Amazing: Australian journalist actually opposes euthanasia

From Paul Russell at MercatorNet:

One of Australia’s most respected journalists, Paul Kelly, has kicked back against what some of his journalistic colleagues have been treating as a rising tide in favour of euthanasia. Kelly is a former editor of The Australian, a television pundit and the author of eight books on Australian politics. Politicians will listen carefully to what he says.

“Legalise euthanasia and compassionate society dies too”, published in The Weekend Australian, is a serious look at euthanasia in the places where it has been made legal. Kelly concludes that society is irrevocably damaged by the introduction of the practice of doctors killing people. More.

Reality check: Here are a few things euthanasia will mean:

1. Because – as with abortion – once we agree that killing people is okay – there are never any meaningful restrictions, we will arrive at the hospital to rescue a young adult depressive from her latest suicide attempt only to discover that she has consented to euthanasia, and it has been carried out.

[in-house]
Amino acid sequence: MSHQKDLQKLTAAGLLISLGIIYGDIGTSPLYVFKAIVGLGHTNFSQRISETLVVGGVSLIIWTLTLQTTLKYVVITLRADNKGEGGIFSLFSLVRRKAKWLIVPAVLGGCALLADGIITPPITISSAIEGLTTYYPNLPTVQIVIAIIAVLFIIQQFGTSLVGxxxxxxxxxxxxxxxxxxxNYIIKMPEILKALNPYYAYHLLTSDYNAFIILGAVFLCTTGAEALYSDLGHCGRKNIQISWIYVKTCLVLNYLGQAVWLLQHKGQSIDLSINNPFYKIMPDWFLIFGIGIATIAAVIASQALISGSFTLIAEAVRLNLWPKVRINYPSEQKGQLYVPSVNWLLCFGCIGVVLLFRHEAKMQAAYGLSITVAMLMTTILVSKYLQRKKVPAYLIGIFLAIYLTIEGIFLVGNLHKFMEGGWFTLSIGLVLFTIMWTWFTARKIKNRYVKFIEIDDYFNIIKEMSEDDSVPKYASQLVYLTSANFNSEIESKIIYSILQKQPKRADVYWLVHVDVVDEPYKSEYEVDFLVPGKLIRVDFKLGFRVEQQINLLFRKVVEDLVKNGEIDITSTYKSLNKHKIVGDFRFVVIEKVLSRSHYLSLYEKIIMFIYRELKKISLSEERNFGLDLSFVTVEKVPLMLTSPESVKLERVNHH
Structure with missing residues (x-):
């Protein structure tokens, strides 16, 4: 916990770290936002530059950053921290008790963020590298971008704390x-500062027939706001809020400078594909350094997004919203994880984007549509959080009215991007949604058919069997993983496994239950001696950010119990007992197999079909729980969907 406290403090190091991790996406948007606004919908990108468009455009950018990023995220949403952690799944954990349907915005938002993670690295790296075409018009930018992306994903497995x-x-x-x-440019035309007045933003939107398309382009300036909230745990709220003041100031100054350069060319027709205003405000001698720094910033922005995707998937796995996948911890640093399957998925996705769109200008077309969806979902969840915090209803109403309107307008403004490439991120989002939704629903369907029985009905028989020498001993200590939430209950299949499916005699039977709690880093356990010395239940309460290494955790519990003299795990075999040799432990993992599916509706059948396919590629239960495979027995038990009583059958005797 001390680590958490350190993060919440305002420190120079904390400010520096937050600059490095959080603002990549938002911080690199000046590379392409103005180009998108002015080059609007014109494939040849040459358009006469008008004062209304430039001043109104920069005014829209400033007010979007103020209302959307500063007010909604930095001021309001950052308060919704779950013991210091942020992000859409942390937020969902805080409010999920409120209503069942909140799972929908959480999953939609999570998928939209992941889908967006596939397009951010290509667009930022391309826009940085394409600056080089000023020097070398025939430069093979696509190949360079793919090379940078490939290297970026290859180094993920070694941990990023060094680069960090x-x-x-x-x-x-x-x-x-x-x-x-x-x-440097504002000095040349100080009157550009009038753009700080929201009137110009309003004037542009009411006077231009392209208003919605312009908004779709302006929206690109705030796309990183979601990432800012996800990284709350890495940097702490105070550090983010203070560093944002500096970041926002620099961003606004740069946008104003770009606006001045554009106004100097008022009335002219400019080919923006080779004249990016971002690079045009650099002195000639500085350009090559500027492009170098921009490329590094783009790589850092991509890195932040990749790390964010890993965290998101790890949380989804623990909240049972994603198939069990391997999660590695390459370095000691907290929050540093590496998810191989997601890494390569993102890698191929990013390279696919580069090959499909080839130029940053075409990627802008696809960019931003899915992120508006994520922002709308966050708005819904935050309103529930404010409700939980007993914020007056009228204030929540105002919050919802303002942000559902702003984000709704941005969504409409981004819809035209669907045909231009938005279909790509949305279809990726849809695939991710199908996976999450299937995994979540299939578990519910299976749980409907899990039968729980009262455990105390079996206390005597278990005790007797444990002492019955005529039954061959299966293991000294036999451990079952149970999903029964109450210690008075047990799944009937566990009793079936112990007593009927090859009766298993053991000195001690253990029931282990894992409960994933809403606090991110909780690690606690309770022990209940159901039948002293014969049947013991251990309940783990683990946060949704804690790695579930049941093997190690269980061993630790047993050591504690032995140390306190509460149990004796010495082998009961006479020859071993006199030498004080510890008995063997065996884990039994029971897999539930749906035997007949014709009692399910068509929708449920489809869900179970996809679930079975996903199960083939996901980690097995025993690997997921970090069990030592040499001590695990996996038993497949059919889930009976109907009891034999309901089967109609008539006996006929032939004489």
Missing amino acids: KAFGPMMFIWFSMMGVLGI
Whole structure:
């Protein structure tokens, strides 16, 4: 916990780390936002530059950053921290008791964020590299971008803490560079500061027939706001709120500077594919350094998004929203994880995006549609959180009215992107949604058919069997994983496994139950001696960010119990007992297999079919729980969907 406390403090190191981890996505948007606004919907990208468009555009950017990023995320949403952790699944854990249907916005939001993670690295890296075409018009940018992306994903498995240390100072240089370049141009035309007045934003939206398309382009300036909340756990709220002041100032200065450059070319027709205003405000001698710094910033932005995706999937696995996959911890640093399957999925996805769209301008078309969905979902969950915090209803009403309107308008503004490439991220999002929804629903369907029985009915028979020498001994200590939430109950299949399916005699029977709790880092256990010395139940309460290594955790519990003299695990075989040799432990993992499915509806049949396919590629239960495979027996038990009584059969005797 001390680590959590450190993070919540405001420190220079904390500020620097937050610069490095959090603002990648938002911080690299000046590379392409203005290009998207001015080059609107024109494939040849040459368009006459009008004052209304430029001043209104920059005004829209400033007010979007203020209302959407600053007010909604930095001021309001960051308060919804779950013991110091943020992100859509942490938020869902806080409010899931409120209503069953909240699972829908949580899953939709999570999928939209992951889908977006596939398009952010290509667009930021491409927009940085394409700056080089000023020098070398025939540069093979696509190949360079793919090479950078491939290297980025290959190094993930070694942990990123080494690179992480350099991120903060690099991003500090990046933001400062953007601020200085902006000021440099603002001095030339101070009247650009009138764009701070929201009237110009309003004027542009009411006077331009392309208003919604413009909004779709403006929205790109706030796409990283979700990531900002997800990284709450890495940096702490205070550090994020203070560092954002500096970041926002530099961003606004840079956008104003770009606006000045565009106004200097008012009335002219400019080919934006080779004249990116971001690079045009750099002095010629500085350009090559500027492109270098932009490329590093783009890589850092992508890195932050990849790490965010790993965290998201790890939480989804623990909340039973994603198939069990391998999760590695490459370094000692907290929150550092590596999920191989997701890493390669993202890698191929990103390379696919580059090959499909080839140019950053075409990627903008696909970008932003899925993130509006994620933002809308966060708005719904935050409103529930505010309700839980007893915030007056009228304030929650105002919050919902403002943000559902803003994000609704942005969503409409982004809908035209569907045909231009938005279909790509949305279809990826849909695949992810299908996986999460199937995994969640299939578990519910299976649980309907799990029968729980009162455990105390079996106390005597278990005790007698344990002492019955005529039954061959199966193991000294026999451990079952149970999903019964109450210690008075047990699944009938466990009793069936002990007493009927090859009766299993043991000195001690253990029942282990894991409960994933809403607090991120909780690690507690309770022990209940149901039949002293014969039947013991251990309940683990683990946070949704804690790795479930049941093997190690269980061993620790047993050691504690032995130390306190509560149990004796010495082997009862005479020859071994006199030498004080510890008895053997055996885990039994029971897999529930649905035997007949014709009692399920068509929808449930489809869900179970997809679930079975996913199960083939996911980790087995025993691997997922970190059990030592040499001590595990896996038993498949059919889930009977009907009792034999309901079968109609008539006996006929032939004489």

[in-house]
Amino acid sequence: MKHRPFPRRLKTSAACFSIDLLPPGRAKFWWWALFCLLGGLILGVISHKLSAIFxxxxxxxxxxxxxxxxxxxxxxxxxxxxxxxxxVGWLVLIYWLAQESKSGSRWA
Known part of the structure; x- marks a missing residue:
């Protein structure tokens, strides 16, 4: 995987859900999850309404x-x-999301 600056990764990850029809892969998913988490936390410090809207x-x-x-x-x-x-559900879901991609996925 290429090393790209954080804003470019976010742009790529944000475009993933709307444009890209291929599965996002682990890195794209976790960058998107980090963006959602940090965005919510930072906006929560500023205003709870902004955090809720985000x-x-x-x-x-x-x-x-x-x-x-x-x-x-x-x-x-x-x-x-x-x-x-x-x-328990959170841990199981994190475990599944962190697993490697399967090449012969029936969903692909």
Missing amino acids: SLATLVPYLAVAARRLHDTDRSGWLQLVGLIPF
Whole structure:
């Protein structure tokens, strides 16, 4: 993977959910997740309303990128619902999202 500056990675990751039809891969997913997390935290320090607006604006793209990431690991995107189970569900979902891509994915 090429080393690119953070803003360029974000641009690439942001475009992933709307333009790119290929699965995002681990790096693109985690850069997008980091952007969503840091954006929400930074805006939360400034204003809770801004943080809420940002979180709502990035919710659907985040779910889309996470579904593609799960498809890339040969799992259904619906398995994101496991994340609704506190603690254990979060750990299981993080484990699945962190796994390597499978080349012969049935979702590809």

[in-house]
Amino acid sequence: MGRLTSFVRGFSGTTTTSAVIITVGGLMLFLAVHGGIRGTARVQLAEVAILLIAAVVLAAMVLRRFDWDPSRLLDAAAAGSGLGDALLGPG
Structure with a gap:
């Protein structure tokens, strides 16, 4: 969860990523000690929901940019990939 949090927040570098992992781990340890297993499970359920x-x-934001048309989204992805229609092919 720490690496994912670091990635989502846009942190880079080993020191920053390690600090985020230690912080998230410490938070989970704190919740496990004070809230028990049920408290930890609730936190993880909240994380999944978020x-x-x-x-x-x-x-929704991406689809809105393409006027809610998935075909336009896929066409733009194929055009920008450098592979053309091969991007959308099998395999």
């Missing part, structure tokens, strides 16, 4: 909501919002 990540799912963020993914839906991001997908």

2. Our favourite children’s charity is now decorating a euthanasia centre at the local children’s hospital with cheery motifs, and – wow wow wow – are those society matrons thrilled to be of help.

3. We will be invited to a post-euthanasia party by the parents of the late child, to celebrate, breathlessly, the sheer meaningfulness of it all. “We were so glad to have her in our lives!” and all that. Until they pulled the plug when she bored them. It turns out, they’re separating anyway …

4. The local liberal Protestant church, on the brink of its own grave, will pronounce that all is well, that the Jesus they worship loves this.

5. If someone we know dies under clearly suspicious circumstances, on being informed that it is a euthanasia, we will not be permitted to find out what happened, due to “patient confidentiality.” Wonder where that’ll lead.

As I said before, North Americans are high end. Our global leaders can hire and dispose of people who are not so long-lived as us and do not have so many civil liberties. No surprise unrestricted euthanasia would become so popular just now.

See also: Questions newsstand media never ask about euthanasia